Many factors contribute to success: hard work, passion, commitment, curiosity, collaboration. An often-overlooked factor is timing. You can reach out to a prospective client on a regular basis, but they may not have a need for your services. When they do, a well-timed call or newsletter can make all the difference.
Timing is also critical when building and growing the right team. The planets have to align for you and them. There are obstacles—life intervenes, interests change, obligations rear their ugly head, ships pass in the night without altering their course.
When I think of our newest hire, Luke Collins, who just joined us as SVP of thought leadership and content strategy, I think about timing.
I first became aware of Luke in 2010, not long after I left the Chicago Olympic bid and was figuring out what was next. I did a contract gig for a couple months with my former employer, the McKinsey Quarterly—I think it was to cover for someone who was on maternity leave. In addition to getting to know Jake, our current senior designer, I met Luke in passing. He’d joined the Quarterly earlier that year as an associate editor after stints as a journalist and McKinsey consultant.
I don’t know that I made any more of an impression on him than he made on me, but that was entirely due to timing. I had my eyes wide open for the next job opportunity, and he was likely focused on settling into his new role.
As I was slowly getting my arms around serving clients and understanding how to begin to build a company, Luke was on his way to becoming executive editor of the Quarterly and relocating to New York City. Our company continued to grow steadily, reaching the milestone of ten employees in 2017; that same year, Luke left McKinsey to become managing editor and director of publishing for Deloitte Insights and moved back to Chicago. We traded emails from time to time.
When he moved on to EY to become global editor in chief and managing director in 2019, I reached out to him and arranged to get together. My colleague Allan Gold had worked with Luke at McKinsey, and the three of us met at a coffee shop to discuss the thought leadership game. I figured our company might be able to support his mission at EY. We stayed in touch, but nothing concrete came of it. The timing wasn’t quite right.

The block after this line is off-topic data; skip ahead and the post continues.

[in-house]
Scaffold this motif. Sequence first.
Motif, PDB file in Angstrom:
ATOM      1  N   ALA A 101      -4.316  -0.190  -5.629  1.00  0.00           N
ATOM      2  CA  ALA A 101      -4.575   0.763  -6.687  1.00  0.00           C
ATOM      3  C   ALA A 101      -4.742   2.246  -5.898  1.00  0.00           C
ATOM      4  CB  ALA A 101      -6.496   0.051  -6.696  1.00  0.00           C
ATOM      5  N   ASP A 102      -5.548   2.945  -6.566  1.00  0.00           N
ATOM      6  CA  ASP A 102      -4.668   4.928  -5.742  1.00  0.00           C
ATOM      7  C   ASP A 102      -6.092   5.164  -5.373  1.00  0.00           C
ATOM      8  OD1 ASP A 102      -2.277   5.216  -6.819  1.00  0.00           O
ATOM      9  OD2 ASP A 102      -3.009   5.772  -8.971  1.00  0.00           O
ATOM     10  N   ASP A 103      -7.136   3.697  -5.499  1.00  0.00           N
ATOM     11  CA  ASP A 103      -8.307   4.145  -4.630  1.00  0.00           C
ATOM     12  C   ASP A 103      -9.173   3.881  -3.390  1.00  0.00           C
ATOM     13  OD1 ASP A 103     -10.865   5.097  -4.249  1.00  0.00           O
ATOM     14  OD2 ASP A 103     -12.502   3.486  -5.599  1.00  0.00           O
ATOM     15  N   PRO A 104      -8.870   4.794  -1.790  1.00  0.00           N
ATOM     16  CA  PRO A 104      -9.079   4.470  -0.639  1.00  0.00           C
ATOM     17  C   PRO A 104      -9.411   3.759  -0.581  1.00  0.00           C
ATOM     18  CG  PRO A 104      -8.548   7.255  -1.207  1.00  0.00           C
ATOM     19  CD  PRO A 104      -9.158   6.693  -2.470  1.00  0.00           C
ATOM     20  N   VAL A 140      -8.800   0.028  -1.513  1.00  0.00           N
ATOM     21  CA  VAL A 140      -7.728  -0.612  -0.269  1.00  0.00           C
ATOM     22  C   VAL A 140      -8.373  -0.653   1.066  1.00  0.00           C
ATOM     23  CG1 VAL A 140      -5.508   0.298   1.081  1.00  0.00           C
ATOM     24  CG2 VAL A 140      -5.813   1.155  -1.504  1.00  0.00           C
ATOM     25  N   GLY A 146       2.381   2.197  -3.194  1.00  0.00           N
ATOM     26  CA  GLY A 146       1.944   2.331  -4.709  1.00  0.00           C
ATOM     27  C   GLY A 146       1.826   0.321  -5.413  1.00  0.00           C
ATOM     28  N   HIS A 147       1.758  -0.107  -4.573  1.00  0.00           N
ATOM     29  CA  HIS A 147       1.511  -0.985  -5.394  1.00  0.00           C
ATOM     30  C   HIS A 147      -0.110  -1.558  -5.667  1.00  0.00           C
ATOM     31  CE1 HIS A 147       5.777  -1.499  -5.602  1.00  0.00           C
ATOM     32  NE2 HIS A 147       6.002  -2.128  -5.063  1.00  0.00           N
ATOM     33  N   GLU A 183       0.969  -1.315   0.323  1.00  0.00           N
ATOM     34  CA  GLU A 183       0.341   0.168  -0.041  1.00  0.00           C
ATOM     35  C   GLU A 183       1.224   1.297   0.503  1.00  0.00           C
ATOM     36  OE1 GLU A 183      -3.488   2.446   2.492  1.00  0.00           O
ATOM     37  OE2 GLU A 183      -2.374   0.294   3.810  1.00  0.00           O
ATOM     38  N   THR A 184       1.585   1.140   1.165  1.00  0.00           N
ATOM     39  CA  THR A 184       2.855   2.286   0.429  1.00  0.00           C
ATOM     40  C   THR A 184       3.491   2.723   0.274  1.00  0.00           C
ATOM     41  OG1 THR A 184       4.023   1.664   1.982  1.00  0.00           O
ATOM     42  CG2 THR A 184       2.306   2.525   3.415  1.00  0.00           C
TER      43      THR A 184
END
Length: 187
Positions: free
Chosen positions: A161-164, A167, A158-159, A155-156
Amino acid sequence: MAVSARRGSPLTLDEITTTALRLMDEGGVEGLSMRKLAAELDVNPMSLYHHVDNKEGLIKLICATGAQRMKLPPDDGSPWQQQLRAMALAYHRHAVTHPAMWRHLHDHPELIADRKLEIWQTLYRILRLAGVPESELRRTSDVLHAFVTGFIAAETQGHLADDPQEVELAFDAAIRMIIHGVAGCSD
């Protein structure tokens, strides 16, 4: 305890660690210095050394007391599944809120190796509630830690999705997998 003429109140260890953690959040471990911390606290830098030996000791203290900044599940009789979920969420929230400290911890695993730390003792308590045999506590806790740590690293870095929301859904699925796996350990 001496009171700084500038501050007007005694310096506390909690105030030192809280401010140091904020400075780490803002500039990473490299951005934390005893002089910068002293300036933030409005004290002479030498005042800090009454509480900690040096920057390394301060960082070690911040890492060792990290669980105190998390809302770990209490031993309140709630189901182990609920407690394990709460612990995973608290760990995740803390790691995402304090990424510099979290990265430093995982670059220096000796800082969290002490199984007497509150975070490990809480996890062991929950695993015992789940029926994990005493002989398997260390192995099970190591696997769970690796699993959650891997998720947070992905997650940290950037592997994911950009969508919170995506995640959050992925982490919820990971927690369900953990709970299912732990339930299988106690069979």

Entering into this year, our company began to add much-needed team members: a managing editor, associate managing editor, editorial associate, controller, senior designer, editor, senior editor, design associate, and design operations manager. Suddenly, we had a burgeoning thought leadership machine that needed a senior professional to lead it, build it out further, and identify and pursue new opportunities.
I reached out to Luke to get referrals for developmental editors. We traded a few emails, and I shared more about the company, which had grown to 27 people. I found myself thinking, “If we could get someone with Luke’s skills and experience to join us, the possibilities would be nearly limitless.” I broached the subject. About 11 years after I first met Luke, the timing was suddenly right.
I’ve never been a believer in destiny or “when one door closes, another opens.” Life is often what you make it; you keep your eyes open, and sometimes all the pieces line up. This big world can be small when you’re willing to send an email, return a call, or meet someone for a drink after work (now that we can do that kind of thing again).
We are beyond excited to welcome Luke to our team and look forward to working together to shape our company’s future.
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